HOMEOWNERS are warned to be mindful of the lethal effects of carbon monoxide following a suspected death from the gas in Ballybunion this week.
Paudie Walsh (58) was found dead at his home outside the town on Wednesday morning.
Gardaí invesitgating the death believe it was likely as the result of carbon monoxide escaping from a range in Mr Walsh's home. However, this cannot be confirmed until the results of toxicology tests from the post mortem at Kerry General Hospital are known.
The death has led to renewed warnings by gardaí to homeowners to remain vigilant as to the presence of the deadly gas in their homes.
A major advertising campaign is also underway nationally reminding people of the dangers surrounding home heating. Carbon monoxide has no colour or smell, making it impossible to detect without special alarms that trace its presence in the atmosphere of a home. The safest way of preventing the emission of carbon monoxide is through the yearly servicing of boilers and the regular cleaning of chimneys and flues.
"Carbon monoxide poisoning is the suspected cause of death in our investigation into this tragic case," a spokesperson for the gardaí told The Kerryman. "We urge people to be mindful of the dangers of carbon monoxide and to take all steps to protect their families, including the installation of detectors and making sure boilers and chimneys are cleaned regularly," they said. THE family of a Ballybunion man who was found dead at his home last Wednesday will have to wait at least a week before it is known if carbon monoxide poisoning was behind the tragic passing, as is suspected by gardaí.
Paudie Walsh's remains were discovered in his home on Wednesday morning. A domestic range at the house had been in use the previous night. He lived alone at his home in Lahesrough outside the town.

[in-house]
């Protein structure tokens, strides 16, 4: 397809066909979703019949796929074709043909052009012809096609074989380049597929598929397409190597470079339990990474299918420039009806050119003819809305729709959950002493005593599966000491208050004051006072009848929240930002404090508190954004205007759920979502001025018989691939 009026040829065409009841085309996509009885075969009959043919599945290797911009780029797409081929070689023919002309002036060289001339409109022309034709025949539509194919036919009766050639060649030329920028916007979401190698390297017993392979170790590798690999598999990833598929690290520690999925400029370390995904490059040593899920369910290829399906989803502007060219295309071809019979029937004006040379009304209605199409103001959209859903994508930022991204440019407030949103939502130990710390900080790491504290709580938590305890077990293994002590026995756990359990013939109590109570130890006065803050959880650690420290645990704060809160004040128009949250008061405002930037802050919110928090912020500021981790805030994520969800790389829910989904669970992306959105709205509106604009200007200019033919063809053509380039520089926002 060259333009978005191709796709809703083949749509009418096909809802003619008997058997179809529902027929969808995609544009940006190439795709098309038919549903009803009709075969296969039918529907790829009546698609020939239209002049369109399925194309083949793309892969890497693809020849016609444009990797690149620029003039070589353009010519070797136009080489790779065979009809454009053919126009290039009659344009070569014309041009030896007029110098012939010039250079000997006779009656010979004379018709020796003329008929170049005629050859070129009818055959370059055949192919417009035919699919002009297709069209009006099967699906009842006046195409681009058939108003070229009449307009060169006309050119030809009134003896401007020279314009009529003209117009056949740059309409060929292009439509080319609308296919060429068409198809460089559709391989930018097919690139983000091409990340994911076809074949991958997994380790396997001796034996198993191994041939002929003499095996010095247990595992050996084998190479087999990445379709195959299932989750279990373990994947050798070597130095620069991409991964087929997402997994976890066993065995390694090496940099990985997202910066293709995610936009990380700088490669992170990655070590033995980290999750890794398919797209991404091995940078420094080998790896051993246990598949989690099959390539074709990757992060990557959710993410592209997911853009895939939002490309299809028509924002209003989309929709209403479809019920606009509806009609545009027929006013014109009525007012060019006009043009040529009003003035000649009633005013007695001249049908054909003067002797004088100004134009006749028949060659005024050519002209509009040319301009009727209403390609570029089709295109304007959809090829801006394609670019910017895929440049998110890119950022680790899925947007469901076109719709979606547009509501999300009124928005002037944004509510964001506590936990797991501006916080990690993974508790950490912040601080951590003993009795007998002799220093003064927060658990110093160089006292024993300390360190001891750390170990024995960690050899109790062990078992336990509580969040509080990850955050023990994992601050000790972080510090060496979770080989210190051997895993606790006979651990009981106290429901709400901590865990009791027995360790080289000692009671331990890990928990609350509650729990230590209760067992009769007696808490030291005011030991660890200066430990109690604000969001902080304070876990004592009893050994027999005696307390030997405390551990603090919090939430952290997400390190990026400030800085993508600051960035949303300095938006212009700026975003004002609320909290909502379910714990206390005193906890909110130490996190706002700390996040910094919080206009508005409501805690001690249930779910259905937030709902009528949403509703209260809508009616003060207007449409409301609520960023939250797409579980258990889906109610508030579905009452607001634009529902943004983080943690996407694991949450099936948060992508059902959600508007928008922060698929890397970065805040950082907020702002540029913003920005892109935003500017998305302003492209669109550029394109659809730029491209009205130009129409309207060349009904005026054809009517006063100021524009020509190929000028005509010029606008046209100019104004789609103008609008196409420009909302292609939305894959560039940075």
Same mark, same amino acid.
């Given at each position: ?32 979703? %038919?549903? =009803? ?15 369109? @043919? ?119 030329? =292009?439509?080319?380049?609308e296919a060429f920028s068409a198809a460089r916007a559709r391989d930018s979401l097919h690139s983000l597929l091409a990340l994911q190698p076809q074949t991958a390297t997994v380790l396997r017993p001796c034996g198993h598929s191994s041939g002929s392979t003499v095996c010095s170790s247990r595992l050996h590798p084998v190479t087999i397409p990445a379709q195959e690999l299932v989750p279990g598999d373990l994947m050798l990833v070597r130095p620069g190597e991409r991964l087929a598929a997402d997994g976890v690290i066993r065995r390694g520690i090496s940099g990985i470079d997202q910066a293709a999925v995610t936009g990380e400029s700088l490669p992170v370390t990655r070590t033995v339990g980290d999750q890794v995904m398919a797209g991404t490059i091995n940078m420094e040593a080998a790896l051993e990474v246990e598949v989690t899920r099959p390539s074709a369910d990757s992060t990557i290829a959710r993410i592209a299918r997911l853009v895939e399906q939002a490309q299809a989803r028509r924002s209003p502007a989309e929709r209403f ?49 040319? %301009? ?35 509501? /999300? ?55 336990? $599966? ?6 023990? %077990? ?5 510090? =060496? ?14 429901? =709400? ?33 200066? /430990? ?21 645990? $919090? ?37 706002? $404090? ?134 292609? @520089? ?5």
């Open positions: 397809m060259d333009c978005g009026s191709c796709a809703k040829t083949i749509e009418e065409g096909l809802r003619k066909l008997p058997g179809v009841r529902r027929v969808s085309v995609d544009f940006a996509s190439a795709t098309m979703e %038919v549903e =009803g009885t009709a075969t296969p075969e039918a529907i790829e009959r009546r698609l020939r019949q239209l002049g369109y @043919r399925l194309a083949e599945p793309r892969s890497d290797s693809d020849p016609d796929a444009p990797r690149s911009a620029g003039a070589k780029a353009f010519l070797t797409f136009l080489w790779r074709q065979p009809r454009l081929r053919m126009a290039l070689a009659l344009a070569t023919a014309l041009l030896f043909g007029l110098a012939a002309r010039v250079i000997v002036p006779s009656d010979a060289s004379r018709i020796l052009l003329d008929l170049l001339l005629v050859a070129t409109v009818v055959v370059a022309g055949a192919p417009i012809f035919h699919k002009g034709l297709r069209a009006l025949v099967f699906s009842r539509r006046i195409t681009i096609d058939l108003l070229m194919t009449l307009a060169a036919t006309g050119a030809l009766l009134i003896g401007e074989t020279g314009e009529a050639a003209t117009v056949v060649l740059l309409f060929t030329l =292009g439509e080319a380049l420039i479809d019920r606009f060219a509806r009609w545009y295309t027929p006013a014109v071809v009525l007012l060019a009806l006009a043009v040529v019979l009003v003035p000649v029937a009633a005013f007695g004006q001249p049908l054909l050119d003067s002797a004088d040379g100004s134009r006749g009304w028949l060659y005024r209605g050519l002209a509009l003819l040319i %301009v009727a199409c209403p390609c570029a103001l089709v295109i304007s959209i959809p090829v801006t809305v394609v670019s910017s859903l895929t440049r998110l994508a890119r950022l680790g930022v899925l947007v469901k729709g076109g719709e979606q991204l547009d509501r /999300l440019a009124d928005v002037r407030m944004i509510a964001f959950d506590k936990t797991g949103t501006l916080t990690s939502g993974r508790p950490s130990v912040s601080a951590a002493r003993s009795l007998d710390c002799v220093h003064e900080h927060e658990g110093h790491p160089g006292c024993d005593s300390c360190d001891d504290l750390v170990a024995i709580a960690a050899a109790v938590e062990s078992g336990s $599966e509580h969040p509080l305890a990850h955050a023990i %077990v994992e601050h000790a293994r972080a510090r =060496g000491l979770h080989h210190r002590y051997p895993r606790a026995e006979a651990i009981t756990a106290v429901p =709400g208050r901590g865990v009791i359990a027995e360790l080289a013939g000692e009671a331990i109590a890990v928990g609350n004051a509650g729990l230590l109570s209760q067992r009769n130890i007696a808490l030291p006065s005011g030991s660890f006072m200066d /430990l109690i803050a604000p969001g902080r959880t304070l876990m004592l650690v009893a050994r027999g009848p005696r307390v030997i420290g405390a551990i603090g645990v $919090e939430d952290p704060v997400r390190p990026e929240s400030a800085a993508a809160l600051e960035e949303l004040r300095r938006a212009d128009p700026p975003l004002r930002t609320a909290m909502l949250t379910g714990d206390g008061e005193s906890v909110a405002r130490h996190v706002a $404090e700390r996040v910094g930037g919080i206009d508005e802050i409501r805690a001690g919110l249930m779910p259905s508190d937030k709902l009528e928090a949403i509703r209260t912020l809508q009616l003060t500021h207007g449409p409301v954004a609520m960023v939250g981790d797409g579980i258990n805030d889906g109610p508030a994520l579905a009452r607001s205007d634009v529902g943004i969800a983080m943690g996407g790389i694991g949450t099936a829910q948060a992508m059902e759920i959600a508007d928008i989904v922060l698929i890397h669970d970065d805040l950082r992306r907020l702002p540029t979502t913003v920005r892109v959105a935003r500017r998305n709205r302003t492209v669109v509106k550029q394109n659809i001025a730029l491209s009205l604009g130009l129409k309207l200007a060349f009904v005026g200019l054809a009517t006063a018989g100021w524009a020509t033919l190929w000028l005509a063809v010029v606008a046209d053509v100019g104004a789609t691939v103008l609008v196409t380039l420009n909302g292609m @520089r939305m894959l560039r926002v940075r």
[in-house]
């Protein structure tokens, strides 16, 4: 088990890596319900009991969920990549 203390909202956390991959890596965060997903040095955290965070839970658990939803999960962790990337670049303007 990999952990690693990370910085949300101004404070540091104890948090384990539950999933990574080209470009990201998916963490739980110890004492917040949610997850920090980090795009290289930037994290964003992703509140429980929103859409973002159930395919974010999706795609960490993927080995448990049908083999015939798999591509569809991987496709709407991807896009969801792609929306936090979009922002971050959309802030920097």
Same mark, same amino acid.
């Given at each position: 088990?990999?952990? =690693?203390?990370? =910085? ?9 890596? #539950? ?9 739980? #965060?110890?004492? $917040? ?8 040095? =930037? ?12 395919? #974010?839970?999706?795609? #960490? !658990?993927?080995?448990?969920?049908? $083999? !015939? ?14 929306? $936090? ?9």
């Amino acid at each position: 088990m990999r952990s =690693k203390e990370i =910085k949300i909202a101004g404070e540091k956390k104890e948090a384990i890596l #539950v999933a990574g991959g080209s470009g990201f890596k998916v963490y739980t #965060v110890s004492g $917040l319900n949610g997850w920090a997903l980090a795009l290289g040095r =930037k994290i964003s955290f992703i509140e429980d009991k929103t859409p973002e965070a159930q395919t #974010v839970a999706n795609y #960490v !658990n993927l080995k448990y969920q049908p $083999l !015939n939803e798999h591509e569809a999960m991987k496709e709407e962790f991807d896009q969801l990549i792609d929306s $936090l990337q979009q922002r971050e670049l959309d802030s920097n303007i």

However, it will be at least a week before the results of the post mortem are returned.
Mr Walsh's passing has hit Ballybunion hard, in particular the life of his beloved club Beale. He was one of its proudest supporters and never missed a match, they said.
Born on Christmas Eve, 1953, to Paddy and Molly Walsh, he was one of seven siblings. He was described locally as a very quiet, but extremely popular man.
"Paudie was loved by the whole club and never missed a match," a Beale officer said. "He was an extremely likeable person with a huge smile always and Paudie's tragic passing reminds us all how fragile life is. He will be deeply missed by the club, even in the worst winter days when nobody else would attend a game Paudie would be there," they added.
He also enjoyed dances near and wide, from Abbeyfeale to Tralee, and had a real talent for it friends said. A pioneer for 38 years, Mr Walsh had also recently received a certificate marking his lifelong donations of blood in illustration of his generosity.
His family thanked the community at his Requiem Mass for its help during what they described as ' these last few terrible days'.